In the Martin Pipe, last year’s winning trainer Joseph O’Brien will have two less potential runners in it as Top Moon (+4 to 146) and Embittered (+5 to 146) were both given marks just high enough to make them ineligible. Both of them have alternative engagements in the County Hurdle and the Coral Cup. Others that might have hoped to sneak in but missed out by much wider margins were Eglantine Du Seuil (+6 to 149), Run Wild Fred (+6 to 149) and Franco De Port (+6 to 148).
While Willie Mullins had four and Gordon Elliott had three horses expunged from the Martin Pipe, one suspects they will be satisfied in the main given that they both have four horses each that were put in on the ceiling mark of 145.
Willie Mullins is likely to be particularly happy, as his group of borderline cases that have been allowed into the race include Canardier (+2 to 145) who shaped better than the bare result when fifth in the Coral Cup last year and has joined Mullins since his latest start.
However, the most surprising inclusion is Stratum, whose mark of 145 is the same as what he currently holds in Ireland. Out of the 93 non-juvenile Irish-trained hurdlers with entries in handicaps at the Cheltenham Festival, Stratum is one of only four that have been given the same mark in Britain as they currently hold in Ireland. Given his overall profile, last year’s Cesarewitch winner stands out like a sore thumb as one that has been particularly kindly treated.
On that note, not one Irish-trained horse entered in the handicap hurdles at the Cheltenham Festival was given a lower mark in Britain than they currently hold in Ireland. Of the handicap chase entries, just one was given a lower mark than they have in Ireland, the Willie Mullins-trained Voix Du Reve (-1 to 156).
Two that were expunged from both the Kim Muir and the Novices’ Handicap Chase were Dallas Des Pictons andEarly Doors. These are similar cases in that both have run well below the level of form they reached over hurdles last season since switching to fences this season. Dallas Des Pictons is currently rated 135 over fences in Ireland and while Early Doors doesn’t have a published chase rating in Ireland at present, he was allowed to run in a novice chase restricted to horses rated 140 or under on his latest start. Thus, it will catch many an eye to see the chase marks given to Dallas Des Pictons (+12 to 147) and Early Doors (149).
Mind, neither mark came as a big surprise, as the fact that the BHA handicappers based Dallas Des Pictons’ mark over fences on the form he has shown over hurdles from last year’s Cheltenham Festival when he was entered for a handicap chase in Britain in January shone a light on their methodologies in such cases. However, while it wasn’t a surprise, whether that is the fairest way to deal with such cases is very much open to debate.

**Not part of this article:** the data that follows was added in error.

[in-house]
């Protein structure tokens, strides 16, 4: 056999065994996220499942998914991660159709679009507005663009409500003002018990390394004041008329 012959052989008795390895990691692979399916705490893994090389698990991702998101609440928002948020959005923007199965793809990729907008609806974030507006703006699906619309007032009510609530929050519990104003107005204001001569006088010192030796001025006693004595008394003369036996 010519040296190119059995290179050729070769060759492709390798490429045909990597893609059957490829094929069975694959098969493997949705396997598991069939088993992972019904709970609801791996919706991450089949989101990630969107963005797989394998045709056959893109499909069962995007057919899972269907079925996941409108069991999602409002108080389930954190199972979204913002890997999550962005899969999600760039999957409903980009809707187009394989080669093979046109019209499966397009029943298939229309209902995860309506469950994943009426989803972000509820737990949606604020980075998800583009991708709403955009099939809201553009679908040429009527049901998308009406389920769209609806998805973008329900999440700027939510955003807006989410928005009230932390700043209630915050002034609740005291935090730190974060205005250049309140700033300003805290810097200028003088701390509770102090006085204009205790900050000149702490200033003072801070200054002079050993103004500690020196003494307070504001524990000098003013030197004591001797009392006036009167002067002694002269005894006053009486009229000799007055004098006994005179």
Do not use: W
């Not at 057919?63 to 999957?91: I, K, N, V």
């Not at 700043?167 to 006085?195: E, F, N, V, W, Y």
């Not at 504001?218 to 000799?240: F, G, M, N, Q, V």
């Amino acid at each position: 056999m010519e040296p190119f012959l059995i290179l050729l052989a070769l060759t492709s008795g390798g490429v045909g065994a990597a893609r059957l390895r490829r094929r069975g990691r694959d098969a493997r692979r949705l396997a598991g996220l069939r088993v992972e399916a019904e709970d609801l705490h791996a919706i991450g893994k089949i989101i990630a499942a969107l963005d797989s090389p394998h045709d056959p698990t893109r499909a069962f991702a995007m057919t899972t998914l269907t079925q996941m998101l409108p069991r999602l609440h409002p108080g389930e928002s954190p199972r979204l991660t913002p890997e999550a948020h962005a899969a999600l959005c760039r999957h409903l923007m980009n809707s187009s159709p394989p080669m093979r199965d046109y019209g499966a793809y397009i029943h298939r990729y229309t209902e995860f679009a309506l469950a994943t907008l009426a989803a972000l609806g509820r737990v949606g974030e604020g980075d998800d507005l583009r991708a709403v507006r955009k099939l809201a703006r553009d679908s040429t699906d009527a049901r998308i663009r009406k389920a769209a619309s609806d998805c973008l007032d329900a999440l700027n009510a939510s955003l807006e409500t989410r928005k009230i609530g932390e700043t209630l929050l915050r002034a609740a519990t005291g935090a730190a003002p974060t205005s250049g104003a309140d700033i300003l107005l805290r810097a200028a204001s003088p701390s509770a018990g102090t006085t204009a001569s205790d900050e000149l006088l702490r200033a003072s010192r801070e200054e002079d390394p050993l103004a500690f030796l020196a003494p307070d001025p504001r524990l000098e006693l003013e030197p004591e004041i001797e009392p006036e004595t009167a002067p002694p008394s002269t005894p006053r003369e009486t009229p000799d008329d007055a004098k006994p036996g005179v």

Finally, it is always interesting to break down these numbers by individual trainers. A trend that has generated plenty of chatter in recent years is that when the average British/Irish rating differentials are broken down by trainer, Gordon Elliott’s hurdlers (including juveniles) have tended to be treated significantly harsher than Willie Mullins’s hurdlers. In 2016 and 2017, the difference between the Irish and British hurdle marks for Elliott-trained horses was literally double that of Willie Mullins-trained horses. Comparisons against the full sample of differences in marks confirmed that it wasn’t so much a case of Mullins being well treated, but more so a case of Elliott’s horses being treated notably harshly.
While the gap between them in this regard has been reduced in the last two years, the 2019 weights revealed that Elliott’s handicap hurdlers were rated an average of 3.8lb higher than in Ireland, with Willie Mullins’s hurdlers of the same profile being rated an average of 2.7lb higher. This year, the average differential of Elliott’s handicap hurdlers was 4.5lb while Mullins’ was 3.2lb. Unfortunately for Elliott, the gap between them is on the increase again!
To conclude, such is the subjective nature of handicapping, there will always be plenty of debate on occasions such as this. While evidence-based objections can be raised to how Irish-trained horses are treated in British National Hunt handicaps, this hasn’t and won’t stop Irish horses winning handicaps at the Cheltenham Festival. The trouble is finding the ones that will do the business beforehand!
While many of the Irish handicap entries every year are entered in more than one handicap at the Cheltenham Festival, for the sake of this analysis each horse is only counted once each year. The entries are divided into three categories, namely hurdlers, chasers and juvenile hurdlers.
Many thanks to the excellent Matt Tombs (@thespieler) for his help in compiling the above data.